Child obesity and sexual behaviour

Too busy to read all the journals? Let Dr Simon Hunter guide you through the latest findings

Weight loss in children

Arch Dis Child 2006; 91: 920-23

If we are going to reduce the childhood obesity problem, we need to understand what makes children want to lose weight, and what prevents them from doing so.

This study from Leeds interviewed 20 children aged between seven and 15 years attending an obesity clinic. Unsurprisingly it was social problems such as torment and exclusion, and a desire to fit in with their peers, that made children want to lose weight. Also some children wanted to increase their physical capabilities.

Barriers to losing weight included the temptation of sweets and fattening foods, and parents who dismissed the fact their children were fat and did not accept the advice of dieticians.

The biggest problem faced by the children was weight loss maintenance, especially considering that it takes a long time.

The need for constant support was also identified as an important factor.

Sexual behaviour in young adults

Lancet 2006; 368: 1,581–6

This study, which the authors believe is the first of its kind, synthesises all English language papers on sexual behaviour worldwide, especially relating to the increase in HIV in the 15–24 age group.

They found that the main themes were consistent across cultures. People assess potential sexual behaviour by unreliable means such as social standing or appearance. Sexual partners affect behaviour and in some cultures violence can be seen as normal. Condoms can be seen as a sign of lack of trust.

Gender stereotypes determine behaviour: men are expected to be heterosexually active, women chaste. There are social rewards and penalties for sex. Reputations for sexual activity (or lack of it) are important and young men see it as a sign of manliness.

Social expectations hinder communication about sex between partners, or others.

It is an interesting paper that should help shape young people’s attitudes to safe sex and HIV programmes.

Early switch to oral antibiotics for pneumonia

BMJ doi;10.1136/bmj.38993.560984.BE

When a patient is admitted to hospital with pneumonia, they are normally started on IV antibiotics to provide high tissue concentrations of the antibiotic. The period the patient stays on IV antibiotics before being switched to oral antibiotics is variable.

This study compared patients receiving seven days of IV antibiotics with patients receiving IV antibiotics for three days before switching to oral medication. A total of 265 patients with severe community-acquired pneumonia participated. Researchers found the early switch to oral antibiotics had the same effect in relation to clinical cure and mortality at 28 days, but those receiving oral antibiotics were being discharged on average two days earlier.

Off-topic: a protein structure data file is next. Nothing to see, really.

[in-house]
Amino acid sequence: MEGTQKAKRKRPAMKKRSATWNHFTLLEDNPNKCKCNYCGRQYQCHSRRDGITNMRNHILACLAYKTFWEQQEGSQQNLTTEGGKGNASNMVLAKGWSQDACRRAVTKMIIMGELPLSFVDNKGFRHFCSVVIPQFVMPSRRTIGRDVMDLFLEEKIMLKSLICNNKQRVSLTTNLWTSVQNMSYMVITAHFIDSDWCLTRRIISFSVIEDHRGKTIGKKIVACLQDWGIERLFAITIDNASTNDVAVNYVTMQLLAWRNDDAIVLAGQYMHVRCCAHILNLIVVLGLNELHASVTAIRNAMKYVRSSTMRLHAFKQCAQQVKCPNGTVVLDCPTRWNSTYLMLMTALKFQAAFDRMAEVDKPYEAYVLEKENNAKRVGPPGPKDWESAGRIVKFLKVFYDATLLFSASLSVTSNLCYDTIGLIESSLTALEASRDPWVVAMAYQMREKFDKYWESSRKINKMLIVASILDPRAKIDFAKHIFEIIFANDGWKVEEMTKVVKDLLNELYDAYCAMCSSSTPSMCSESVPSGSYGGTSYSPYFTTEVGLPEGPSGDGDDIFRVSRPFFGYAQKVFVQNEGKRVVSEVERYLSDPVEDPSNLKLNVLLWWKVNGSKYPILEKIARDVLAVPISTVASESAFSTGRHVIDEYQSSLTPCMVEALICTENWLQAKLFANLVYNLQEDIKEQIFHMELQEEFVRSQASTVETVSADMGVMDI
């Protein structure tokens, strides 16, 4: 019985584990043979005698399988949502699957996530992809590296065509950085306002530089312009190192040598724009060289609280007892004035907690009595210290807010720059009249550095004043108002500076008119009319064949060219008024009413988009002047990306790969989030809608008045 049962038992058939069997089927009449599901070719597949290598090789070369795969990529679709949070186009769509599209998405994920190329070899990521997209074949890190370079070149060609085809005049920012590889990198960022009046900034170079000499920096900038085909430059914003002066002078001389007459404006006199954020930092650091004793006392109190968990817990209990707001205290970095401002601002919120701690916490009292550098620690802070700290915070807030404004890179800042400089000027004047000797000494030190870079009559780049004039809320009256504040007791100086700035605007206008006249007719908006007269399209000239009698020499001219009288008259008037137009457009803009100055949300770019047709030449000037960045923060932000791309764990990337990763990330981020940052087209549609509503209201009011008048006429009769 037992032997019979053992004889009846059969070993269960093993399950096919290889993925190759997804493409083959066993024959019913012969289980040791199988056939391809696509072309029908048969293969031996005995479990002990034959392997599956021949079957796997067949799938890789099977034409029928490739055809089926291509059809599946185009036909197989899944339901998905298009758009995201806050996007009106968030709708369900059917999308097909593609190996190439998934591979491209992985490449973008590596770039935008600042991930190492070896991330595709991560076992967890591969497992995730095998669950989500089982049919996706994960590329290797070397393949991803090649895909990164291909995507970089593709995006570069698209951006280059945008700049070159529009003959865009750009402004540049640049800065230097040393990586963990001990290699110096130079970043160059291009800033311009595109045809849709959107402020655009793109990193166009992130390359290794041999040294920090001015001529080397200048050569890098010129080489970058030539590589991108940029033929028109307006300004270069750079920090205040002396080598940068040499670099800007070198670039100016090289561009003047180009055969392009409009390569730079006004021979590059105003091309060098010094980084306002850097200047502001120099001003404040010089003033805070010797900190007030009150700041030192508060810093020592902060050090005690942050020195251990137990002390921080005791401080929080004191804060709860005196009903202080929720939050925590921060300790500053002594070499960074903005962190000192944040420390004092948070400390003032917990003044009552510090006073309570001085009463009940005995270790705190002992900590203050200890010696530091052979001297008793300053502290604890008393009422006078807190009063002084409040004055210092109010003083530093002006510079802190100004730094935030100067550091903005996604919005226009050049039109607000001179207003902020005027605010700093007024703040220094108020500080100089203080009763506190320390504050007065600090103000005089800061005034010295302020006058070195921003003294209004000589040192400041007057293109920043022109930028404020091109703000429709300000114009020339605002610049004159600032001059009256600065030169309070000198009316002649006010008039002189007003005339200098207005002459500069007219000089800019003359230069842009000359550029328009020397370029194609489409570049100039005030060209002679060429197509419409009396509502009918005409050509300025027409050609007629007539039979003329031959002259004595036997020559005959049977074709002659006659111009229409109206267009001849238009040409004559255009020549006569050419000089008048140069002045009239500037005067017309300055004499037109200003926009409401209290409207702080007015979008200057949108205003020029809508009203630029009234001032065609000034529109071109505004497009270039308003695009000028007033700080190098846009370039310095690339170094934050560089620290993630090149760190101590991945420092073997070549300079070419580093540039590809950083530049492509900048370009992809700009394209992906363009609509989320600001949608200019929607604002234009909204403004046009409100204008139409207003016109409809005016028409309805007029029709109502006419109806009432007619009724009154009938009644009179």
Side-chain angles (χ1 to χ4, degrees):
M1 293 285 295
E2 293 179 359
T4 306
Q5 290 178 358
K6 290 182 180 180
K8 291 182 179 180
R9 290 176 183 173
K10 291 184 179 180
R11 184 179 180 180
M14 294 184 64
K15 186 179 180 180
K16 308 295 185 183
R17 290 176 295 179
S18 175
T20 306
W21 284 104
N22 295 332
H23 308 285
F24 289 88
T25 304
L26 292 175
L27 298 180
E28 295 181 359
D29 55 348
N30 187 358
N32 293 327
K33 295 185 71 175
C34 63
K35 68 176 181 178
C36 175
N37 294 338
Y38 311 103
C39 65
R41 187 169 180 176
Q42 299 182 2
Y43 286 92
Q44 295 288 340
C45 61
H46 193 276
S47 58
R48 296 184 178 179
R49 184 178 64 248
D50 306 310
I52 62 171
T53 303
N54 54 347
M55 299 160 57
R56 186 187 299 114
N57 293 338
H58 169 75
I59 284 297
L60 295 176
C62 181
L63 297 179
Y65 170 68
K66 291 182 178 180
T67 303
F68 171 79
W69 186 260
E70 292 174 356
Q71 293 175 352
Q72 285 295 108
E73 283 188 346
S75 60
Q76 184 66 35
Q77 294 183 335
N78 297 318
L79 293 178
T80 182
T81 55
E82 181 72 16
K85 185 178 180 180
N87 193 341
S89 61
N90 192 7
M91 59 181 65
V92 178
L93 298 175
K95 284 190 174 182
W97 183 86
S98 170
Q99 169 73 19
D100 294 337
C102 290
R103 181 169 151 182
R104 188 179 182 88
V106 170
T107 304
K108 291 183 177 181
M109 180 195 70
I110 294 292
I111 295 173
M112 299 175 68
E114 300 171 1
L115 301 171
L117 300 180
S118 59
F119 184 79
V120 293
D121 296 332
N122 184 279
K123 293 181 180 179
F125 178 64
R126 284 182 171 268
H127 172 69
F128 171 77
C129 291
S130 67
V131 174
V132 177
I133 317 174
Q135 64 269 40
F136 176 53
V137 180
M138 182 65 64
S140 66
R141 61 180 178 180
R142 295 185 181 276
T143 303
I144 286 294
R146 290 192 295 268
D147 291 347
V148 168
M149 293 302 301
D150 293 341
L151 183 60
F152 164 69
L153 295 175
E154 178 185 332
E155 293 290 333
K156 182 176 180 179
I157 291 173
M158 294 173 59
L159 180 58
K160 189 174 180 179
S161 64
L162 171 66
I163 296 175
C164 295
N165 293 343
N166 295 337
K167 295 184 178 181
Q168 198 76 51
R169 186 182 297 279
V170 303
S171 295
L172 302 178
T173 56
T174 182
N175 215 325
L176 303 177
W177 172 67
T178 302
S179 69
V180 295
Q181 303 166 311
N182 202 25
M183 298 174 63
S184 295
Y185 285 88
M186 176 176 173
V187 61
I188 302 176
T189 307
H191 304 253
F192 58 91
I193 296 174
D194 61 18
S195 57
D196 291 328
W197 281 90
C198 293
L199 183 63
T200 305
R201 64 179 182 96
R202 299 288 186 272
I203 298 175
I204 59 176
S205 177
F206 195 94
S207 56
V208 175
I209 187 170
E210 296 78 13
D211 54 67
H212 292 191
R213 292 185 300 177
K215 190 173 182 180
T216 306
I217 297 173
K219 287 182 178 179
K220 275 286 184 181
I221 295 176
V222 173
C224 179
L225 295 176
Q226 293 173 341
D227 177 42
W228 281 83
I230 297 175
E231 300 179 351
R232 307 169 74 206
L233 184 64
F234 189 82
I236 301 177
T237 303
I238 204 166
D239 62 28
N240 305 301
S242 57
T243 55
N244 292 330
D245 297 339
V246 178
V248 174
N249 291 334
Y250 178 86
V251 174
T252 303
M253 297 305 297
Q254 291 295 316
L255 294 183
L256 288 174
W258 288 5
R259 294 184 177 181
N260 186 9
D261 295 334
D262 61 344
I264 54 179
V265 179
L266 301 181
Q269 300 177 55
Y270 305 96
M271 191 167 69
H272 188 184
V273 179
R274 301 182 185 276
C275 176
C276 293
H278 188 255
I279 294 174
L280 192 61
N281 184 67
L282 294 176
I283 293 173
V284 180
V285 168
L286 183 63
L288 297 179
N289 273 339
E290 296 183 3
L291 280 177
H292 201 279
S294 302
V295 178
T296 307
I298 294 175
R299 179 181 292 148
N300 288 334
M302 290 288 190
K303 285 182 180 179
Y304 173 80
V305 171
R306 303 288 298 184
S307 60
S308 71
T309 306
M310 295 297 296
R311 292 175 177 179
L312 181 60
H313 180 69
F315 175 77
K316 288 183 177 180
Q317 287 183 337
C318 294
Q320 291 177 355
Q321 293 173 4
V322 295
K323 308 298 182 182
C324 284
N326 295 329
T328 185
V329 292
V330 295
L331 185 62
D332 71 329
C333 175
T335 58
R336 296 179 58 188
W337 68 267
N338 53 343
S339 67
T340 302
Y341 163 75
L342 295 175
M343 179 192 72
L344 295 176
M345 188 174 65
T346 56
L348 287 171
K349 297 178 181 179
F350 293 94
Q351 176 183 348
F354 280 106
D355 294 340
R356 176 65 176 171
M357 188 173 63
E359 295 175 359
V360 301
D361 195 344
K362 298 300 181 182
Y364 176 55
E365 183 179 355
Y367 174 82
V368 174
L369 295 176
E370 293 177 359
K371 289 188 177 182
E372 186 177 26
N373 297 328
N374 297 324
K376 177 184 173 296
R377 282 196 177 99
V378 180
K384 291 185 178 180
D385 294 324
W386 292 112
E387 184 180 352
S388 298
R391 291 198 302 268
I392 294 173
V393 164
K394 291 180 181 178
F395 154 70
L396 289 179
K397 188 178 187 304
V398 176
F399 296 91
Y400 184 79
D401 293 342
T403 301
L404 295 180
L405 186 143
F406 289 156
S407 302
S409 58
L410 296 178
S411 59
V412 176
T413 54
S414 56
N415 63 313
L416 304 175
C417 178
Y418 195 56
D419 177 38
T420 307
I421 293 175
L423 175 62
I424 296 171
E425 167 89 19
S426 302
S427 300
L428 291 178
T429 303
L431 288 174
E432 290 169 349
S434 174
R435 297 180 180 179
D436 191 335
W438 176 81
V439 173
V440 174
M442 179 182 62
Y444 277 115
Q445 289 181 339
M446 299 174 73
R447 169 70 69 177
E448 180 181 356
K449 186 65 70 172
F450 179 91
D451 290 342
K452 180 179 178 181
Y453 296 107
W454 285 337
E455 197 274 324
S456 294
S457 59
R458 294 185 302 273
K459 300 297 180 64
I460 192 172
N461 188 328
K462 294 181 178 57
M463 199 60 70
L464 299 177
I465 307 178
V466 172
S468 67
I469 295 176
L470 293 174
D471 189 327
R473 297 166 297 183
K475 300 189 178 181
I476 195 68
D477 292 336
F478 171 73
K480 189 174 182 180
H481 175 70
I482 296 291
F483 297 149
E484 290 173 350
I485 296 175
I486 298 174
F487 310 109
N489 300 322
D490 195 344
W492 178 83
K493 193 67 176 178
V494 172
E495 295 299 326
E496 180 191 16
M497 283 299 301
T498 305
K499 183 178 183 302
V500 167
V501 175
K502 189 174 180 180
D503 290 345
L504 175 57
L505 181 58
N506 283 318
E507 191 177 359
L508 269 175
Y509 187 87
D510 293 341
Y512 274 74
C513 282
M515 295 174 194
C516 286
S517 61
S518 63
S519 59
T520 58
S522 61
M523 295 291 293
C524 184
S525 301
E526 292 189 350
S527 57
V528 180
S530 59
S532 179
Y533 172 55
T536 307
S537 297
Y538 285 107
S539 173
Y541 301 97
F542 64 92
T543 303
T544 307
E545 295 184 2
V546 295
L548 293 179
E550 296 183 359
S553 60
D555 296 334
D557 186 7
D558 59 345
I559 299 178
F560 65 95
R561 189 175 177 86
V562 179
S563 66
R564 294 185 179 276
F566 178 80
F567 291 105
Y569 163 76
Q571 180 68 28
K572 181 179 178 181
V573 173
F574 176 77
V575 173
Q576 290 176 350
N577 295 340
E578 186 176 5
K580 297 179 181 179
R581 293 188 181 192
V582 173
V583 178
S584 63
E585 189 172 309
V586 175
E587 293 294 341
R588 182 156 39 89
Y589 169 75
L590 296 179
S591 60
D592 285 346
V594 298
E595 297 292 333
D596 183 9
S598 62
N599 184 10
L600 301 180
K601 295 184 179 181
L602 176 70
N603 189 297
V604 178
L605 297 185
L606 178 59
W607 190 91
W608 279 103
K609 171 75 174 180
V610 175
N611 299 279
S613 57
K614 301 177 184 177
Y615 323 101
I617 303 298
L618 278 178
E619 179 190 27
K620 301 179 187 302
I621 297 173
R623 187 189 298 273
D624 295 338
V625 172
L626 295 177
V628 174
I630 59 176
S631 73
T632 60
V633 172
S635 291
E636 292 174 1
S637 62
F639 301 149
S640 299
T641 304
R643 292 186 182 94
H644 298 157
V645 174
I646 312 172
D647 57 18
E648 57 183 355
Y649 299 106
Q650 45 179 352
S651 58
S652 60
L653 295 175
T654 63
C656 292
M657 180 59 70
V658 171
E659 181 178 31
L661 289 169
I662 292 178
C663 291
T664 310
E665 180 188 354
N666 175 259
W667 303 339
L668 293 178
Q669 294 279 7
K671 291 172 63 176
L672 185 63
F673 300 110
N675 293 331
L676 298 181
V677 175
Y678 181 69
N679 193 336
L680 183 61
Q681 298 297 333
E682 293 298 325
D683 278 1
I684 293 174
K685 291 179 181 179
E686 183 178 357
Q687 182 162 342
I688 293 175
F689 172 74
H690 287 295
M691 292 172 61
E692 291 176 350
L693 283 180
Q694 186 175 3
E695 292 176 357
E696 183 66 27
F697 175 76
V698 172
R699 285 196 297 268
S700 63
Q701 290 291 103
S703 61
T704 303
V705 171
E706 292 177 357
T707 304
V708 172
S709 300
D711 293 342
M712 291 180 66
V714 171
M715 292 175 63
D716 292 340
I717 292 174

Practice size and the quality framework

Br J Gen Pract 2006; 56: 830–35

This study examined quality score and disease prevalence data for 638 urban general practices in Scotland. The results showed smaller practices were more likely to be located in deprived areas, had more patients with poor health, were less likely to participate in voluntary practice-based quality schemes, and obtained fewer quality points.

The authors suggest these smaller practices may need increased support, particularly in the organisational domain.

Dr Hunter is a GP in Bishop’s Waltham, Hampshire, and a member of our team who regularly review the medical journals

Research of the week

Sulfasalazine for chronic urticaria

Arch Derm 2006; 142:1,337–42

Chronic idiopathic urticaria is defined as pruritis and wheals on an almost daily basis for over six weeks. It will affect one in 200 patients in their lifetime. Antihistamines and H2 blockers or steroids provide symptomatic relief.

This study looked at 19 patients with chronic urticaria who were treated with sulfasalazine. Of these, 74 per cent improved significantly, 21 per cent showed minimal improvement, and 5 per cent felt worse. All the patients on steroids were able to withdraw or reduce their dose. Although 37 per cent experienced side-effects, such as nausea and headache, all were able to continue the medication.

Have you registered with us yet?

Register now to enjoy more articles and free email bulletins

Register

Already registered?

Sign in

Before commenting please read our rules for commenting on articles.

If you see a comment you find offensive, you can flag it as inappropriate. In the top right-hand corner of an individual comment, you will see 'flag as inappropriate'. Clicking this prompts us to review the comment. For further information see our rules for commenting on articles.

comments powered by Disqus